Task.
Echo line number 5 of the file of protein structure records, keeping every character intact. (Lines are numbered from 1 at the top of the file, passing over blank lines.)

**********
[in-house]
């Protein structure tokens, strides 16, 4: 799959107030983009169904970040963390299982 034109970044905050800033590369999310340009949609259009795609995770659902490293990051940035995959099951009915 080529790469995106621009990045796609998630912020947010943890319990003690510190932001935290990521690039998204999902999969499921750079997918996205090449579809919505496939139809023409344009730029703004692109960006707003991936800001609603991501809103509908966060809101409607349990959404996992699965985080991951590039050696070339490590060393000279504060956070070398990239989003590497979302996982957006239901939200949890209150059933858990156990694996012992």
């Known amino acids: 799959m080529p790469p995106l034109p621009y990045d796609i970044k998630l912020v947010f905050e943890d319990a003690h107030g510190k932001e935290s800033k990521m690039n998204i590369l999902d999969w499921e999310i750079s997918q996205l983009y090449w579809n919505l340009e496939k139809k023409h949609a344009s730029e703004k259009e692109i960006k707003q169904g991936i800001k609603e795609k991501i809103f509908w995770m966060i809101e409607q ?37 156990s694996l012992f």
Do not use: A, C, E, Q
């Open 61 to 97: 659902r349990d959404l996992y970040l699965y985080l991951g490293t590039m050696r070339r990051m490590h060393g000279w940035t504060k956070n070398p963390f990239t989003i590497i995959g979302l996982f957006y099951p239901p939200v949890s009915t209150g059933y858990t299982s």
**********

């Open 61 to 97: 659902r349990d959404l996992y970040l699965y985080l991951g490293t590039m050696r070339r990051m490590h060393g000279w940035t504060k956070n070398p963390f990239t989003i590497i995959g979302l996982f957006y099951p239901p939200v949890s009915t209150g059933y858990t299982s």